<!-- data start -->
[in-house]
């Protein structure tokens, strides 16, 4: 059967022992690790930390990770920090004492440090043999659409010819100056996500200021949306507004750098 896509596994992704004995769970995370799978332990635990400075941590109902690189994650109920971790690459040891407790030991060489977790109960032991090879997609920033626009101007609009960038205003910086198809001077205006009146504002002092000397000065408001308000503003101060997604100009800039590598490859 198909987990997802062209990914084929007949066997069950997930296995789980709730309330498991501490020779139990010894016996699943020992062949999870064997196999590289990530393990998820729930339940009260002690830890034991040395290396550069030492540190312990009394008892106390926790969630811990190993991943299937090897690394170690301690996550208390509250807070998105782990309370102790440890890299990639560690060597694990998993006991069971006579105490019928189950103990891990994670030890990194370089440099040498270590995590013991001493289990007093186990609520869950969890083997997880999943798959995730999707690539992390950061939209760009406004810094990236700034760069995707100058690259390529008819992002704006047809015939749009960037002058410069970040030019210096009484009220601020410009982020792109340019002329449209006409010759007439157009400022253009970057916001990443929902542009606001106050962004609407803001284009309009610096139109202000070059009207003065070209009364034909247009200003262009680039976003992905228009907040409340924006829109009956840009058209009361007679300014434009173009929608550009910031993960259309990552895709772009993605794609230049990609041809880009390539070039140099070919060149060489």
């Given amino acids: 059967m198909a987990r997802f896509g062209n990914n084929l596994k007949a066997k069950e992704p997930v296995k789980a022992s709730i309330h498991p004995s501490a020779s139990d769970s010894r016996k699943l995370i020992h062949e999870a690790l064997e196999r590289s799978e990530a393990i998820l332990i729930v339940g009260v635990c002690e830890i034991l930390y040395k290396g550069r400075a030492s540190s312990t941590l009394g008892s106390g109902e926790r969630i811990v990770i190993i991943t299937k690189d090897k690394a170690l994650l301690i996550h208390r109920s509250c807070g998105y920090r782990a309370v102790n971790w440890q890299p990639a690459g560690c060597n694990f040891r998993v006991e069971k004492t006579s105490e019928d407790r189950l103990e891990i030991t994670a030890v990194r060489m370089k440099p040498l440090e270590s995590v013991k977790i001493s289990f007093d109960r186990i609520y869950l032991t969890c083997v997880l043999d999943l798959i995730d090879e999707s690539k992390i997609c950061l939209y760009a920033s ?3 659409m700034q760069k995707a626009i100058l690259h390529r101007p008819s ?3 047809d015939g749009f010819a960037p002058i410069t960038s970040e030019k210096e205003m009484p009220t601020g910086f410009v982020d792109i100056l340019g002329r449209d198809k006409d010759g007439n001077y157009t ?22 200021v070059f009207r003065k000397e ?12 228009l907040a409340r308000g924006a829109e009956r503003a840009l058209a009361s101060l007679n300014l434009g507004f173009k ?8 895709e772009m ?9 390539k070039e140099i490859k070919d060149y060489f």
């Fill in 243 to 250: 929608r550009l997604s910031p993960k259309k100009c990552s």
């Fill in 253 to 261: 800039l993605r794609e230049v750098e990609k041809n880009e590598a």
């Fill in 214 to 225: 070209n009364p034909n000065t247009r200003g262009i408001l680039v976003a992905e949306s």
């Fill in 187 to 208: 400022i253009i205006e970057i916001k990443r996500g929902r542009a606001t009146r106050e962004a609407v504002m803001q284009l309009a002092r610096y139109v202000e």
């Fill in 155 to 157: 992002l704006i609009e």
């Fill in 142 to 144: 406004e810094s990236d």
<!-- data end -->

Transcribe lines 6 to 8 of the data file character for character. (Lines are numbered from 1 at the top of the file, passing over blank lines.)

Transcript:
């Fill in 214 to 225: 070209n009364p034909n000065t247009r200003g262009i408001l680039v976003a992905e949306s």
């Fill in 187 to 208: 400022i253009i205006e970057i916001k990443r996500g929902r542009a606001t009146r106050e962004a609407v504002m803001q284009l309009a002092r610096y139109v202000e």
């Fill in 155 to 157: 992002l704006i609009e």